A VERITABLE CORNUCOPIA of musical influences colour the jazz of this lively second release, ‘Global’, from Midlands-based quintet, Interplay.

From the outset, it’s clear that this five-piece’s intent is to offer a programme of upbeat, diverse and accessible jazz – the established line-up of Alan Wakeman (reeds), Richard Baker (trombone), Neil Hunter (keys), Adrian Litvinoff (bass) and Dave Balen (drums) presenting no less than eight impressive Litvinoff originals, as well as their own interpretations of favourites from such luminaries as McCoy Tyner, Abdullah Ibrahim and Pat Metheny.

At the heart of the playlist, Litvinoff’s raga-style Weightless conveys the cosmopolitan flavours to be found here, Dave Balen’s beautifully-weighted tabla producing a mesmeric rhythm from which Alan Wakeman’s gentle, keyboard-backed soprano flows so freely. Autumn Magic is a breezy outing (though also with a darker, pensive look towards Winter), illuminated by Wakeman’s bright shining flute and Richard Baker’s nimble-yet-smooth trombone soloing. Fashion Statement indicates more of a fusion feel, due to its strong organ/synth presence and composer Litvinoff’s electric bass, whilst Su Baille Nuevo dances spiritedly to a mid-tempo flamenco rhythm which increases in intensity as Baker and Wakeman improvise off each other.

Slow Flame, an ’80s creation of Litvinoff’s, finds Alan Wakeman carrying a luscious tenor line over sensitive piano, bass and drums – Baker’s fluent trombone soloing, too, is a delight. In contrast, the quintet gives added vigour to Abdullah Ibrahim’s Imam, soprano sax, trombone and Egyptian tabla a great combination over a harder-edged electric bass ground (perhaps shades of Gilad Atzmon, and very effective!). Neil Hunter’s electric piano on Swift Return provides a cheery, retro-felt samba, Wakeman’s flighty flute enhancing Litvinoff’s first-sign-of-Summer inspiration.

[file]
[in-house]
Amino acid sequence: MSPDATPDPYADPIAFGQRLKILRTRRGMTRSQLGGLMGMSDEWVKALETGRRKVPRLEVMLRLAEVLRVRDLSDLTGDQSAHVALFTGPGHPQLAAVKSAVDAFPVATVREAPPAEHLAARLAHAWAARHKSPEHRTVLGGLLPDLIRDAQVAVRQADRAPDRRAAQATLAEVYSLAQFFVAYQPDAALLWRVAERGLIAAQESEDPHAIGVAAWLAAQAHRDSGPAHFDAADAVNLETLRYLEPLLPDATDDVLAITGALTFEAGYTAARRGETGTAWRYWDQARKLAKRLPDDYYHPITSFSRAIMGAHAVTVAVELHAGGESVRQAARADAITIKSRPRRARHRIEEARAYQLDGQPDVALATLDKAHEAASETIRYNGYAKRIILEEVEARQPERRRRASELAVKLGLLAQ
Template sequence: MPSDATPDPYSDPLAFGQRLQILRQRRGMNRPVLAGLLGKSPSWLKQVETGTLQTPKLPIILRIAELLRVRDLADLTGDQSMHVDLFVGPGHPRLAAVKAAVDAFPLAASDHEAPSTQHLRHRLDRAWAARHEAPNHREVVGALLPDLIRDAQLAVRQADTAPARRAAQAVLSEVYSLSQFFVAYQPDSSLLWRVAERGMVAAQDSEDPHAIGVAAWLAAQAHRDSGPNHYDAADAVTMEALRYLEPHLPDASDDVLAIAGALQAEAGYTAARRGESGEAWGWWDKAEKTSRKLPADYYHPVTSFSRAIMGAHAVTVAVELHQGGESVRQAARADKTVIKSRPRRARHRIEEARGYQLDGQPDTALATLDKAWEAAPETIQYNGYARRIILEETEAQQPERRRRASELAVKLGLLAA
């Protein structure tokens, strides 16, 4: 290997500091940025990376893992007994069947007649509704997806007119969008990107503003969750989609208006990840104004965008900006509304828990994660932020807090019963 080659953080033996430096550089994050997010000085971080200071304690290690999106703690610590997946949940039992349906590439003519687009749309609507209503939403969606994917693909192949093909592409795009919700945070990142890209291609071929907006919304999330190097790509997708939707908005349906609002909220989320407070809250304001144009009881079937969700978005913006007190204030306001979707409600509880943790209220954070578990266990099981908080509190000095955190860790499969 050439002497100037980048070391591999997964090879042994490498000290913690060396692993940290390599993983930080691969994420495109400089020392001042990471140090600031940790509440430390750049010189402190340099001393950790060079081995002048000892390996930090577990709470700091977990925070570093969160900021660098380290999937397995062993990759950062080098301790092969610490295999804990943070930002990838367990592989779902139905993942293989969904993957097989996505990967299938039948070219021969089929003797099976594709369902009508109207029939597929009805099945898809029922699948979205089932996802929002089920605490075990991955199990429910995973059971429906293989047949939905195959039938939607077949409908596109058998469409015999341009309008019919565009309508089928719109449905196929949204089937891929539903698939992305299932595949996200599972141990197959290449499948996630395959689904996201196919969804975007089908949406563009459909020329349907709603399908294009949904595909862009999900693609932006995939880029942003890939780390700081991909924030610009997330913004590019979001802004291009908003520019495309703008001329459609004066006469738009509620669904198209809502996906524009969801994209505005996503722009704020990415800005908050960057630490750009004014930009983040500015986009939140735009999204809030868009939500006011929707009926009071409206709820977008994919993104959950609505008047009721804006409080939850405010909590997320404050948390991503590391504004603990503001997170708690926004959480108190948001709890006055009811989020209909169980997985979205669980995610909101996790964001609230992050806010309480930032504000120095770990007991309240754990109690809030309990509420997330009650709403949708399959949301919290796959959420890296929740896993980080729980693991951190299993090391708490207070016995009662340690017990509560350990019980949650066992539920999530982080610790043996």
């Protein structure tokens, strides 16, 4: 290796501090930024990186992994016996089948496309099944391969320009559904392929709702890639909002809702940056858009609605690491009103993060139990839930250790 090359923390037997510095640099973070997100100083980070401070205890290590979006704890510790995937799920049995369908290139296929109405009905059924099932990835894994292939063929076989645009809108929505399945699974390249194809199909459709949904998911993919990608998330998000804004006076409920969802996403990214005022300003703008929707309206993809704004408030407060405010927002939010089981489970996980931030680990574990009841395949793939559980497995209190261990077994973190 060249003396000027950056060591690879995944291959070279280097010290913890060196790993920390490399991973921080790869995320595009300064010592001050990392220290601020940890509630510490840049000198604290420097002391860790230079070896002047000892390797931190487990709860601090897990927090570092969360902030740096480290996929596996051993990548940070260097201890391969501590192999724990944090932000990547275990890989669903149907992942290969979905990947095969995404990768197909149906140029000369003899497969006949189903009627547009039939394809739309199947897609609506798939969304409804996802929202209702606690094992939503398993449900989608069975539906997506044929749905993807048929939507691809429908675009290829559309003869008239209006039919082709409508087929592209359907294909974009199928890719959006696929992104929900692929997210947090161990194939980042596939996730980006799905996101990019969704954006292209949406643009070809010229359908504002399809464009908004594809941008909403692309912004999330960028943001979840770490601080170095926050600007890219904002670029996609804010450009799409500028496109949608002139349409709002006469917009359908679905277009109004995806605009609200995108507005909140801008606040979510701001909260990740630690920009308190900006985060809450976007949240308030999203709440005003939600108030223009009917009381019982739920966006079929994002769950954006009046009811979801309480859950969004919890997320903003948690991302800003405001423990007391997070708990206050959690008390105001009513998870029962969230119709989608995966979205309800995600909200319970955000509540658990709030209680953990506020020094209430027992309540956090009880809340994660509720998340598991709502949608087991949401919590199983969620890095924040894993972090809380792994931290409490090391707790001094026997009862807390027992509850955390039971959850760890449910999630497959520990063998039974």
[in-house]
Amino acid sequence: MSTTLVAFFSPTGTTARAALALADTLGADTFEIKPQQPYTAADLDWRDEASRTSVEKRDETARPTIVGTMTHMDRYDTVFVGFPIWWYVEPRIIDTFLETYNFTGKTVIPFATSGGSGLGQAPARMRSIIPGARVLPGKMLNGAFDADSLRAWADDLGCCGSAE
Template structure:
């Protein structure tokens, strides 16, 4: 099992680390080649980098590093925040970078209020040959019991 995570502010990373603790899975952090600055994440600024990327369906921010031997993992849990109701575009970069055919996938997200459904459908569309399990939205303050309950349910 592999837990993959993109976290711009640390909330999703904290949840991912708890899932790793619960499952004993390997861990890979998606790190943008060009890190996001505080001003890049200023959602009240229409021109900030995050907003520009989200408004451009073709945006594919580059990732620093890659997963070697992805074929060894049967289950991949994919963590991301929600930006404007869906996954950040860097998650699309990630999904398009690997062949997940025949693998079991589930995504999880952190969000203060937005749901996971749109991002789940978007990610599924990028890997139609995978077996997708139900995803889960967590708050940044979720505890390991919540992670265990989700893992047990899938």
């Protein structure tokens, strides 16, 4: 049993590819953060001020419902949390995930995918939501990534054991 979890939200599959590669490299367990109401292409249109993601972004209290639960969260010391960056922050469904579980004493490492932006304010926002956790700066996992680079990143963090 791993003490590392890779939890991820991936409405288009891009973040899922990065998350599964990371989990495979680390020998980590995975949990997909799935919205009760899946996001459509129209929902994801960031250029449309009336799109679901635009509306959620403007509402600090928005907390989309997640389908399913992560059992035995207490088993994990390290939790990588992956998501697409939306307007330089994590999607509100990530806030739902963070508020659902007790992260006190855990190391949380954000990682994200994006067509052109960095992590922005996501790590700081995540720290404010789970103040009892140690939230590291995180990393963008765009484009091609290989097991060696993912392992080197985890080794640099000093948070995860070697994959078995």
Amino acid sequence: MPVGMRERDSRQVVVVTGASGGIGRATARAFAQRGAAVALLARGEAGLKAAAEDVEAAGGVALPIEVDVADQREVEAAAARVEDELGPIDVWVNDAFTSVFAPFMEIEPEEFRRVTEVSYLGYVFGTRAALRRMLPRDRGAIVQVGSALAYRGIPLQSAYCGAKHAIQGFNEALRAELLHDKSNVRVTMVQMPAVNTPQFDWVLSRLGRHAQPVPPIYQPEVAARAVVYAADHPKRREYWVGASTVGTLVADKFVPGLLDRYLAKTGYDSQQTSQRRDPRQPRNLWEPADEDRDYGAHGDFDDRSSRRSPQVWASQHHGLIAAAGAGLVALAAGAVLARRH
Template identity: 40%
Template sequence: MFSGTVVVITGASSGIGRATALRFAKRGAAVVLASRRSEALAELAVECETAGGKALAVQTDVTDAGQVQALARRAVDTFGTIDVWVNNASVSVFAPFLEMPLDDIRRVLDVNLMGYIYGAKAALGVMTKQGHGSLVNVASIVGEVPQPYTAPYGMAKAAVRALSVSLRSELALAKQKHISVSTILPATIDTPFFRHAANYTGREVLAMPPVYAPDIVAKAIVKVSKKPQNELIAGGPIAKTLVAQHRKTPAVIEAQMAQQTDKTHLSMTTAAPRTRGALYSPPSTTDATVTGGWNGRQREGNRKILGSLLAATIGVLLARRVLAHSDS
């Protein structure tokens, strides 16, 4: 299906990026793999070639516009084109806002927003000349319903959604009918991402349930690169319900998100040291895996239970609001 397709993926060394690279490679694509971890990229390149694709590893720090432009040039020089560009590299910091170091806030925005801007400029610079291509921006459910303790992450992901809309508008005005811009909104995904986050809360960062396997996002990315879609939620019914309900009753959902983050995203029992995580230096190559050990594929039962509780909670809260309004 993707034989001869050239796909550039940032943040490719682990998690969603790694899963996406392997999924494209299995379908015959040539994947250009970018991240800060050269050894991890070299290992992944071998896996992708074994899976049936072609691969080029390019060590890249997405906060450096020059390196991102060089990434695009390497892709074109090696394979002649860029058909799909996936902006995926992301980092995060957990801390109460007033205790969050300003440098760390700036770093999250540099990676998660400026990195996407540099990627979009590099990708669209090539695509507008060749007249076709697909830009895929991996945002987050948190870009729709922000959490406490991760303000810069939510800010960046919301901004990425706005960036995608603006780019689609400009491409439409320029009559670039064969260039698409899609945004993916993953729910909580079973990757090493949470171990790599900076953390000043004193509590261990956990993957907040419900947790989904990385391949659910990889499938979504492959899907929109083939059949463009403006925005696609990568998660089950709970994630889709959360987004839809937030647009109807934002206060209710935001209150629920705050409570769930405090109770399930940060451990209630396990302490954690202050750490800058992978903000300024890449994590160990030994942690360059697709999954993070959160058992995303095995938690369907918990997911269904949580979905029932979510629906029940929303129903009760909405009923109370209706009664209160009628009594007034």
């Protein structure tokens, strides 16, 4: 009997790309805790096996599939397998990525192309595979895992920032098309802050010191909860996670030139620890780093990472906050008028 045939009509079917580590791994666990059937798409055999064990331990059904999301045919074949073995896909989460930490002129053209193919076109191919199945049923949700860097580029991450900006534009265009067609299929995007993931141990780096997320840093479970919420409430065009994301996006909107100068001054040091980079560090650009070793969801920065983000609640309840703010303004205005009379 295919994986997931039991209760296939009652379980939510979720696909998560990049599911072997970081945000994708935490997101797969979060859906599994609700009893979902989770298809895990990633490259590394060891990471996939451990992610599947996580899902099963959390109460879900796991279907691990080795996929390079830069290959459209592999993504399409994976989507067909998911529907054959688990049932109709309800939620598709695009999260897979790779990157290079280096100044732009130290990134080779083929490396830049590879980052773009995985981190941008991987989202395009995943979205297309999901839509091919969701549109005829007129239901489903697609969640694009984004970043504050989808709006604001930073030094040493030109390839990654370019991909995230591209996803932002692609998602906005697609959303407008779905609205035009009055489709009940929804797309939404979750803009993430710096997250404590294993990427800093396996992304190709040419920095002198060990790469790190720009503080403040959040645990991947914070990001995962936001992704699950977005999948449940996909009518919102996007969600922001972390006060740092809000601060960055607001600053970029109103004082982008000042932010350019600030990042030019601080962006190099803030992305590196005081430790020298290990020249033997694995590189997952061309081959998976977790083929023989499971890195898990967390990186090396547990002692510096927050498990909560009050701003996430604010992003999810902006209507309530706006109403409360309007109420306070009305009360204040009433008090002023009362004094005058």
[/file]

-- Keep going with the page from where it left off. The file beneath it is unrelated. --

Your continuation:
The Cuban All Star Band’s classic Amor Verdadero takes on a higher-energy tempo here, driven along by drums and congas, bristling Latin piano from Hunter and a strong pairing of trombone and tenor. The quintet’s arrangement of McCoy Tyner’s Contemplation sounds particularly fresh with Baker’s sonorous trombone lead, rich tenor soloing, and lavish major/minor piano that its composer would be proud of! Adrian Litvinoff’s acceptance of older age (by his own description) brings warmth and charm to Elders, a gentle, classic-sounding number which includes the clarity and lightness of his own double bass soloing. Shapeshift skims along gleefully to Balen’s and Litvinoff’s up-tempo rhythm, tenor sax and trombone gliding above Hunter’s expert organ and piano work; and Pat Metheny’s Hermitage (sans guitar) eases us out pleasantly with it’s mellow, homely and easy-going nature.

Interplay have developed a reputation over the past few years for bringing contemporary jazz to a wider audience, performing live at numerous gigs, festivals and community events. ‘Global’ pulls together the band’s considerable combined experience (their individual CVs are pretty staggering!) to create this joyful and contrasting studio recording.

For further information, and to purchase, see interplayjazz.co.uk and Silvery Records


Alan Wakeman
tenor saxophone, soprano saxophone, flute
Richard Baker trombone
Neil Hunter keyboards
Adrian Litvinoff double bass, electric bass
Dave Balen drums, congas, tablas, bongos, Egyptian drum, percussion

Silvery Records – SRCD0065 (2013)